5 August 2015
Stories of Contact, Conflict and Survival told in Contemporary Indigenous Artwork
Stories of contact, conflict and survival are featured in a striking new exhibition at the National Museum of Australia in Canberra, Kaninjaku: Stories from the Canning Stock Route, which includes 17 pieces not previously displayed.
Kaninjaku: Stories from the Canning Stock Route explores the history of the famous West Australian droving road (the Canning Stock Route) through the stories of the country it cuts across. Through the works of desert artists and the stories of traditional custodians, the exhibition tells the story of the Canning Stock Route's impact on Aboriginal people, and the importance of the Country surrounding it.
Consultant Curator John Carty says the exhibition tells the story of an important time in Australia’s history.
‘Kaninjaku is a story of how history unfolded in the 20th century for Western Desert people. It explores how one droving road impacted Aboriginal life, law and ecology in different ways. It is a story told through art, but it is also a story about where that art comes from,’ said Dr Carty.
Iconic Indigenous artist Rover Thomas is among the artists represented in the exhibition, along with Helicopter Tjungurrayi, Kumpaya Girgaba, Jan Billycan, Wakartu Cory Surprise and Curtis Taylor, who are all showing pieces inspired by a six-week return-to-country trip in 2007.
National Museum Director Mathew Trinca said the exhibition is an opportunity to showcase new works from The Canning Stock Route Collection – a jewel in the crown of the National Museum’s National Historical Collection.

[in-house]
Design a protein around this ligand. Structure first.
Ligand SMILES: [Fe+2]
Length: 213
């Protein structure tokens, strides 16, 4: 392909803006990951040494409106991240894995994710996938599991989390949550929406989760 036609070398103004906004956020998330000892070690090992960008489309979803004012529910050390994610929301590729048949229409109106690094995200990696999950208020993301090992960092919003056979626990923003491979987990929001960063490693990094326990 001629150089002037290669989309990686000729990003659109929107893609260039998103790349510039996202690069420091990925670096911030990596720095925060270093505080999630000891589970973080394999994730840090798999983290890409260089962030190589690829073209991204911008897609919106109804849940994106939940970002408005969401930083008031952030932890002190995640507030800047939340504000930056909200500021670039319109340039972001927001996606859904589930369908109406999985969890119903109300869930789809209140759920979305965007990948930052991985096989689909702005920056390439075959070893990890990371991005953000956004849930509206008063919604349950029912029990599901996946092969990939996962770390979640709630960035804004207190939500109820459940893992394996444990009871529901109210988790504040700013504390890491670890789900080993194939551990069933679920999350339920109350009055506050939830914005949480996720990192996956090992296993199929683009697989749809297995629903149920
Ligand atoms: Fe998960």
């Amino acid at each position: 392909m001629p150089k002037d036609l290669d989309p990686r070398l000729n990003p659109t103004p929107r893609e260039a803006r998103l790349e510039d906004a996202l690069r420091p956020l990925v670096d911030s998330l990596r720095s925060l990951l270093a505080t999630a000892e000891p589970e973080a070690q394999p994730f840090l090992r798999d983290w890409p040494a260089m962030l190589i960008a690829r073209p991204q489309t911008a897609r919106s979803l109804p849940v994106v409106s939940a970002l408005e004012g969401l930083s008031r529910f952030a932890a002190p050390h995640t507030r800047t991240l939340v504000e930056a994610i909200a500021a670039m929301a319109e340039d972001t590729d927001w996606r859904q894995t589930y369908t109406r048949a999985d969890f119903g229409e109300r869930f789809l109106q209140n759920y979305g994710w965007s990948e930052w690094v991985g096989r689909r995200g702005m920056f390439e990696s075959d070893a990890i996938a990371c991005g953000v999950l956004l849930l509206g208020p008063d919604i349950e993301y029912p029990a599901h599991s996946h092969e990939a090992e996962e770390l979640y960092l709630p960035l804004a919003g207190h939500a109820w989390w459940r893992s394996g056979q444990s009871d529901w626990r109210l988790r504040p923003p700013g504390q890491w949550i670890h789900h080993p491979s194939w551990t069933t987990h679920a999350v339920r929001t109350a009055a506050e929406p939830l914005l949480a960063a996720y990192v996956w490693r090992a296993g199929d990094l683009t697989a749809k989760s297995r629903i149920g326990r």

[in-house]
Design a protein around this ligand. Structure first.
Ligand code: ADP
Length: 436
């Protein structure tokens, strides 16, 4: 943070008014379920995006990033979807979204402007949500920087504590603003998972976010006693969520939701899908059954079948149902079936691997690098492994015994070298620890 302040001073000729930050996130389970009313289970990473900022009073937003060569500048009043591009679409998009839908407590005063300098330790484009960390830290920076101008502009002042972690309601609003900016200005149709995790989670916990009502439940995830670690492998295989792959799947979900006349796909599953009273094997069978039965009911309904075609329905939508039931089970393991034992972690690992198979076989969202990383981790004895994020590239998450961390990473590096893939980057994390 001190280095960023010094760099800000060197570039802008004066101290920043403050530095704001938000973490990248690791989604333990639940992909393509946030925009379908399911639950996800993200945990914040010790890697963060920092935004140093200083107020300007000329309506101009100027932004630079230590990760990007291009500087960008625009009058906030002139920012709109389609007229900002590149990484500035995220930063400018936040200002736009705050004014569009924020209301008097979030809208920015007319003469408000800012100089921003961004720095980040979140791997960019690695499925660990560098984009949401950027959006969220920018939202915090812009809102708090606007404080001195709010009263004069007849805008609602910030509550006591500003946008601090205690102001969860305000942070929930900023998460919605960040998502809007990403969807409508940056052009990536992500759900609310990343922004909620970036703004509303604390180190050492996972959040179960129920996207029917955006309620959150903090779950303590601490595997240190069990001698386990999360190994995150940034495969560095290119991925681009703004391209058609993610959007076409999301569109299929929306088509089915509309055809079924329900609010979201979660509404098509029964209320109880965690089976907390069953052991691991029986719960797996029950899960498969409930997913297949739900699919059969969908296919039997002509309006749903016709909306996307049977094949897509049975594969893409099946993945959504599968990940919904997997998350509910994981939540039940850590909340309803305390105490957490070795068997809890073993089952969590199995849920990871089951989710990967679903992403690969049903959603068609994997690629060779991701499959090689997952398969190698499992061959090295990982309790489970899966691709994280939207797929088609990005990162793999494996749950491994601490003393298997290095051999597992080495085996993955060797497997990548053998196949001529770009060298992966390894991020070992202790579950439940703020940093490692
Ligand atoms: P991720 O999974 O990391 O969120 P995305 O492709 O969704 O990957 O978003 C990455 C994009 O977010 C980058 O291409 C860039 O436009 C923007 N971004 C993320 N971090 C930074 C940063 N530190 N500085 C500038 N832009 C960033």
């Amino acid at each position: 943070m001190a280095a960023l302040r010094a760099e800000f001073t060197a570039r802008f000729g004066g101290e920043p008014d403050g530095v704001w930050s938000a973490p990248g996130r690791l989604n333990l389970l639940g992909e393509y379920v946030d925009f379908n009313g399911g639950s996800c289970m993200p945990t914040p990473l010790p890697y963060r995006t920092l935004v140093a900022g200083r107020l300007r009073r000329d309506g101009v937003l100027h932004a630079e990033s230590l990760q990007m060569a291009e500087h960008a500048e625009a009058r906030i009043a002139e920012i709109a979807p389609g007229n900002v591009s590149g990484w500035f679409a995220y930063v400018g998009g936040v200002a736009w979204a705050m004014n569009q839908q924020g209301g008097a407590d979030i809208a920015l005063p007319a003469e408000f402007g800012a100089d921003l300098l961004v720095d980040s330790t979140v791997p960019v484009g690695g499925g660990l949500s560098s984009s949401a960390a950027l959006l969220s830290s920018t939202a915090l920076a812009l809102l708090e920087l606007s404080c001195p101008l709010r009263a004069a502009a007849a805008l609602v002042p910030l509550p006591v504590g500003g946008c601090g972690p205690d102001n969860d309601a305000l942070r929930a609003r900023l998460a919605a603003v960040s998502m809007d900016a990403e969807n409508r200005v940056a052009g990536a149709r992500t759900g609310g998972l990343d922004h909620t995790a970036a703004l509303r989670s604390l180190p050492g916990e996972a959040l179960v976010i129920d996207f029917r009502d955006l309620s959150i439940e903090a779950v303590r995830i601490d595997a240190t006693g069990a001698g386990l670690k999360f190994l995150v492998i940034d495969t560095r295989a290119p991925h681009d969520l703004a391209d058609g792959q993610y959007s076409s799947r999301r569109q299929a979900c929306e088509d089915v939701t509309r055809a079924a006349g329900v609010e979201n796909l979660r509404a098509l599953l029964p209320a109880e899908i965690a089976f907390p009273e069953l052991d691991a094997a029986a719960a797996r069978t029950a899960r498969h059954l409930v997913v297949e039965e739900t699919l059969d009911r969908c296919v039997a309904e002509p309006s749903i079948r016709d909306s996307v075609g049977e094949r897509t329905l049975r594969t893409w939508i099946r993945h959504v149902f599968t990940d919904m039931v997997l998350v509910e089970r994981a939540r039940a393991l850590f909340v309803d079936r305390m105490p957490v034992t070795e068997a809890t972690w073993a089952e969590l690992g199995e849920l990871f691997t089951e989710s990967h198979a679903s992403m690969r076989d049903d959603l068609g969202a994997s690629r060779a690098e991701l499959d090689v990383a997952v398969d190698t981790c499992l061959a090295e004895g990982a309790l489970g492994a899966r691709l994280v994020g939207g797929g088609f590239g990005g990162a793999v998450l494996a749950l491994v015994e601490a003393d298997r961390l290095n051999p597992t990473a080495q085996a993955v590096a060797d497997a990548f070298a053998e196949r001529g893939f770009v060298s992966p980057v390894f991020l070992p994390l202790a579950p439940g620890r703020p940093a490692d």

‘We first exhibited the Canning Stock Route collection in 2010–11 to record numbers – the public really responded to this story. In Kaninjaku, we wanted to showcase 17 pieces that had not previously been displayed,’ said Dr Trinca.
‘It’s a significant artistic collection and a credit to FORM – the not-for-profit arts organisation in Perth with whom we worked closely on this project,’ he added.
Kaninjaku: Stories from the Canning Stock Route will be on display from August 3 in the Focus Gallery at the National Museum of Australia in Canberra. There are 37 objects in the exhibition, 17 of which have not been displayed before.
For more information please contact Ashley Grimmer (02) 6208 5091 or 0409 461 619 | firstname.lastname@example.org
About the Canning Stock Route
The Canning Stock Route is the longest historic stock route in the world. Late 19th century industrial expansion in Western Australia sparked the need for stock routes allowing cattle to be moved from stations in the north to markets in the south. First surveyed in 1906 by Alfred Canning, the route comprised 48 wells spaced at intervals of no more than one day's walk apart, along an 1800 kilometre stretch of track. The route links Wiluna in the south with Sturt Creek in the north and traverses the traditional lands of nine Aboriginal language groups.
Although Canning's original map records observations of the land and water resources, it makes no mention of Indigenous places through which the route traversed or their associated meanings.
The development of the ultimately unsuccessful cattle route dramatically affected the lives of Aboriginal people. The National Museum’s collection is the first significant attempt to document the Aboriginal experience of the Canning Stock Route. The collection redresses Canning's omission and records the impact of the stock route on Indigenous lives and country.
About the Canning Stock Route Collection
This collection was acquired in 2009 and includes 116 paintings, sculptural works, contemporary cultural objects, documentary material, and oral histories by 60 artists who travelled along the Canning Stock Route on a return-to-country trip in 2007. This project was initiated by FORM, a not-for-profit arts organisation in Perth.
The six-week journey with traditional owners inspired the artworks, many of which were produced during the journey and provided a unique opportunity for artists to reconnect with traditional lands.
The National Museum of Australia regards this collection as one of truly national significance, providing a unique archive of indigenous social and cultural histories. It is an important addition to the nation’s heritage and history collections.